Ransomware: Attack Methods Being Used to Evade Antivirus and Next Gen Firewalls

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Ransomware is just getting started both in terms of their business model and technology. One Ransomware attacker recently started offering to unlock computers if the victim would assist in infecting other people they know! Talk about cynical. I’m not sure how well that worked but I do know that they are using technology effectively. 

But even as profit-driven ransomware grows in technical sophistication and strategy. Other actors are using ransomware as a cover for the furtherance of less obvious goals. The global hue and cry after WannaCry and NotPetya has focused the attention of the C-suite on ransomware but it turns out those 2 attacks, especially NotPetya, wasn’t really ransomware after all but possibly a state-sponsored attack on another country’s economy. 

As one line of defense, next-gen firewall vendors in cooperation with threat-intelligence feeds are able to exploit one of these malwares’ weakness which is their need to phone home to their command and control servers. The solution? Block connections to such identified C&C servers soon after being identified. The problem with this? Too slow to react, the horse has already bolted.

Another part of the puzzle is to detect and block domains used by malware. These domain names are often generated using an algorithm by the malware and so security vendors attempt to predict and detect such patters and block the traffic. So of course, attackers locked in the eternal arms race, have resorted to publishing coded messages in social networking posts that Ransomware agents can query to find the current address of their ever moving C&C server. I’ll show you how a Russian group called Turla has been using Britney Spears' Instagram account for this purpose.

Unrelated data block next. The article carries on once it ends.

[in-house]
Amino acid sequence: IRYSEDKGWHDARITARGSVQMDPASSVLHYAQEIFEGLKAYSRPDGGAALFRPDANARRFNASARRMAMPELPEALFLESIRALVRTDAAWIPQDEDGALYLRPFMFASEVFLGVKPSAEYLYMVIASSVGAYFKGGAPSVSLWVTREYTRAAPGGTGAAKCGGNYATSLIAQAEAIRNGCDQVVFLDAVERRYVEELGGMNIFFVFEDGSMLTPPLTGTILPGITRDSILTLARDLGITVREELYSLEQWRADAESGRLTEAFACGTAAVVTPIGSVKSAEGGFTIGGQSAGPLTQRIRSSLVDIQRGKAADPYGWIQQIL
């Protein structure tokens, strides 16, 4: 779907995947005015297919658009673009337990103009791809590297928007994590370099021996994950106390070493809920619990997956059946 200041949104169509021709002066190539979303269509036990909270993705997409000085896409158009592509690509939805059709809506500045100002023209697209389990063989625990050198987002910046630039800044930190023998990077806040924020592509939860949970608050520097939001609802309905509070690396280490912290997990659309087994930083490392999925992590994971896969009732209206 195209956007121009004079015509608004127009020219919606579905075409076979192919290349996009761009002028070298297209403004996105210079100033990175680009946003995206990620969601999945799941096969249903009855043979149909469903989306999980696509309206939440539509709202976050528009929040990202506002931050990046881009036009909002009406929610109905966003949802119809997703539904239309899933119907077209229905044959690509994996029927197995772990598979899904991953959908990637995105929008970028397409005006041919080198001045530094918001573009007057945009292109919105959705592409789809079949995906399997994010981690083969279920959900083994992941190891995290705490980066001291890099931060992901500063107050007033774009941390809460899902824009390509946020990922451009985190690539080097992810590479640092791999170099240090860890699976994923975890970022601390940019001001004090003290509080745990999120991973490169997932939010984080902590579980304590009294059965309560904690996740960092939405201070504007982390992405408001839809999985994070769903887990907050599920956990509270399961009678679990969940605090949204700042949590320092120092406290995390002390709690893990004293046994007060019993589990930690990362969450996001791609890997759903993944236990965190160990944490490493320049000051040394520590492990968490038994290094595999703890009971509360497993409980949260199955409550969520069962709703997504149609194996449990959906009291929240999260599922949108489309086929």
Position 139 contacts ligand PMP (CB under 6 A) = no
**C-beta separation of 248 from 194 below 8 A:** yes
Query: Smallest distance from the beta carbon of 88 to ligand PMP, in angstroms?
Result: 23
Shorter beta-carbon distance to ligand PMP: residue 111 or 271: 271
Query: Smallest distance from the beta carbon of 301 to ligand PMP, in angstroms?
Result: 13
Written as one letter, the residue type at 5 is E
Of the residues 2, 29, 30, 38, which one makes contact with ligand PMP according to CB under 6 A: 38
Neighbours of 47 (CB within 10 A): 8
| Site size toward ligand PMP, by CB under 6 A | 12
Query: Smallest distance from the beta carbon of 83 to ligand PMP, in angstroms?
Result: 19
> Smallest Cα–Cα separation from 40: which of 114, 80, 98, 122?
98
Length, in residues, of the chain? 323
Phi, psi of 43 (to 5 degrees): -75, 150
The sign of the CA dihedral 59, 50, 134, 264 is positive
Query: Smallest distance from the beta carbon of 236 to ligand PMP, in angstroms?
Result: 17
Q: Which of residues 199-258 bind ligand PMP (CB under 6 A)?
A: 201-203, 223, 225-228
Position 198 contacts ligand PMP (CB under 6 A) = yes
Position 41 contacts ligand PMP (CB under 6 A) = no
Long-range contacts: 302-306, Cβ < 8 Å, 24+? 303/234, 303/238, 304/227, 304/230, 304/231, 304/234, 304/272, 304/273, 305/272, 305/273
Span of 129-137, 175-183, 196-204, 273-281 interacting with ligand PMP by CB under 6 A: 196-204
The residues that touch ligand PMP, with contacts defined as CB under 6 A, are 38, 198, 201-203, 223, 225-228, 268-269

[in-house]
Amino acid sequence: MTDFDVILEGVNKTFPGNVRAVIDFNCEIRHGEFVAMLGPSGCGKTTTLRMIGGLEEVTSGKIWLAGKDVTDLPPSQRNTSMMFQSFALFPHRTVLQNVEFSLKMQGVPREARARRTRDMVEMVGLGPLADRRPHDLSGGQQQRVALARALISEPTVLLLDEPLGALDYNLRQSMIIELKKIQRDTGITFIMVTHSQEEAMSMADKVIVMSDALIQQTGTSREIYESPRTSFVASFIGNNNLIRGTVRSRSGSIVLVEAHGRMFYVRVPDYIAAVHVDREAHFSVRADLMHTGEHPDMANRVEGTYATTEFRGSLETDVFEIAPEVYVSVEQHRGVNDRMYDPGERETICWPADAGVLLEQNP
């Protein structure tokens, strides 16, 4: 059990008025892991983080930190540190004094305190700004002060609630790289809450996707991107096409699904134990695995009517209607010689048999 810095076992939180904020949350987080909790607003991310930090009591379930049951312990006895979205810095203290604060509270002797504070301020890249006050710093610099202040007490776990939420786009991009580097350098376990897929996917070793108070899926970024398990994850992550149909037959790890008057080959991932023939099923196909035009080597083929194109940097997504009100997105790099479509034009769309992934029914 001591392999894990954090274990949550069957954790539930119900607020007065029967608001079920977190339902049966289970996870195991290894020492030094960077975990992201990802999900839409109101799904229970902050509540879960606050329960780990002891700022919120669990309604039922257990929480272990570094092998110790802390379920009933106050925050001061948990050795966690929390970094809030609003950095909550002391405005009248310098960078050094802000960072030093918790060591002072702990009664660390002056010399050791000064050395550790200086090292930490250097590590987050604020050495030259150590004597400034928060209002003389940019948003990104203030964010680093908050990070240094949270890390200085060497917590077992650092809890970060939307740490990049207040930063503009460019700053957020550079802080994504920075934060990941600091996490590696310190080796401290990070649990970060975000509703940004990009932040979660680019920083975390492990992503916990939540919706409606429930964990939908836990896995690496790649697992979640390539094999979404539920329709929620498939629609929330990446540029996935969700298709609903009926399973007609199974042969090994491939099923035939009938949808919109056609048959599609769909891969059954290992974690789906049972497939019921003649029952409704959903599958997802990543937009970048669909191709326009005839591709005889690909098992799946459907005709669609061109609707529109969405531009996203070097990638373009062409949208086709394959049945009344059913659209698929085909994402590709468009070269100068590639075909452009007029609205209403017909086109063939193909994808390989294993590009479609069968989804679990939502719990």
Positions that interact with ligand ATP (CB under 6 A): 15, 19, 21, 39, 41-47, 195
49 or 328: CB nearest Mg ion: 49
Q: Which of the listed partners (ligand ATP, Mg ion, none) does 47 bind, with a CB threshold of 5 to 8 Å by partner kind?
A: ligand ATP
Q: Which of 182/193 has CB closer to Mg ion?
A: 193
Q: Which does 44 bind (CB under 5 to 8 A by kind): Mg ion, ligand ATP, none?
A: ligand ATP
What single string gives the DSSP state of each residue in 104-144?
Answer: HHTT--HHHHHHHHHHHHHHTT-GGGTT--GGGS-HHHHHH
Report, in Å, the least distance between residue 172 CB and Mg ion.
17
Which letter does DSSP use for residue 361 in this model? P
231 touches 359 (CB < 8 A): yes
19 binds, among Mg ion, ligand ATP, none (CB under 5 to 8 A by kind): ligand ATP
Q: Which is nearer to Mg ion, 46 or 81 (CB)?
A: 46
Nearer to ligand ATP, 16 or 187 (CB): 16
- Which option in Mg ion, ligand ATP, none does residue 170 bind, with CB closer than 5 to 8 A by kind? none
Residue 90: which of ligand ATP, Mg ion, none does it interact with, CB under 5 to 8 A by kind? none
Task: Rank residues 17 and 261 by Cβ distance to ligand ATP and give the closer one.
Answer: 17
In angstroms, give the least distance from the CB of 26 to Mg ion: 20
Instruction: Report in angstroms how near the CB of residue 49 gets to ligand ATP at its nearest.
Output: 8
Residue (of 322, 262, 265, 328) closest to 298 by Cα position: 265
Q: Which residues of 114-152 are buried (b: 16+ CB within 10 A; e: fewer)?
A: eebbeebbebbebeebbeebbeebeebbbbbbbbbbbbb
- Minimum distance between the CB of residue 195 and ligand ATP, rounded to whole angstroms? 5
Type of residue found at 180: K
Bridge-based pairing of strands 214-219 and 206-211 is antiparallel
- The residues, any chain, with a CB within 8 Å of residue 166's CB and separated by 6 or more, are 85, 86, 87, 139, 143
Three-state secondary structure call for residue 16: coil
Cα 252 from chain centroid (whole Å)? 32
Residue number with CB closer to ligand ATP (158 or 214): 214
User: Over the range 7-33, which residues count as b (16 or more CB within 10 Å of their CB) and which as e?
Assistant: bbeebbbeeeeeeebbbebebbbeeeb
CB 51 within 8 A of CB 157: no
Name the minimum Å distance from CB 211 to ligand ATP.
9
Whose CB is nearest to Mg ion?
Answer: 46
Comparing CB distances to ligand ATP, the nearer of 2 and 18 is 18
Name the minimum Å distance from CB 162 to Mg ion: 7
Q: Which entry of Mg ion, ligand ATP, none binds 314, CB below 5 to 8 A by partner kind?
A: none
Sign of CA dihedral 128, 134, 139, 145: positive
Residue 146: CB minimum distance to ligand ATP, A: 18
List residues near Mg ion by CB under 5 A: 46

Classic signature based AV is focused on files so the Ransomware guys are increasingly going file-less and especially exploiting PowerShell which is available on all Windows endpoints. But how to deliver Ransomware PowerShell script undetected to the endpoint from the C&C server? I’ll show you how the bad guys are delivering file-less PowerShell ransomware via DNS TXT record queries.

We’ll also look at

  • Methods for evading Gmail’s checking for EXEs inside password protected zip files
  • Use of custom device drivers to execute malicious code in kernel mode
  • Word-macros that are the initial step in a completely file-less attack

How does an attacker go from sending an email to an intended victim to the point of gaining full control of their computer and beyond? In this real training for free webinar we’ll look at 3 different real world attacks in detail:

We’ll analyze these attack methods with the goal of answering 2 different questions:

  1. How does the attack work at a technical level?
  2. How can we use this information to detect different attacks in the future?

#2 is especially important and particularly the point about different attacks. While we’re interested in file hashes, file names or other hard-coded signatures, these are known to attackers and can be combatted.  Can we lay traps to catch the behavior and techniques? That’s what we’re looking for. Push attackers up the pyramid of pain.

This is important because at the end of the day, since Ransomware is an endpoint problem we need to know what’s happening on the endpoint if we are really going to catch these attacks before they get far. EventTracker is our sponsor for this real-training-for-free event and Ananth, their CEO will briefly show you what they have built-in to EventTracker to help you do just that.

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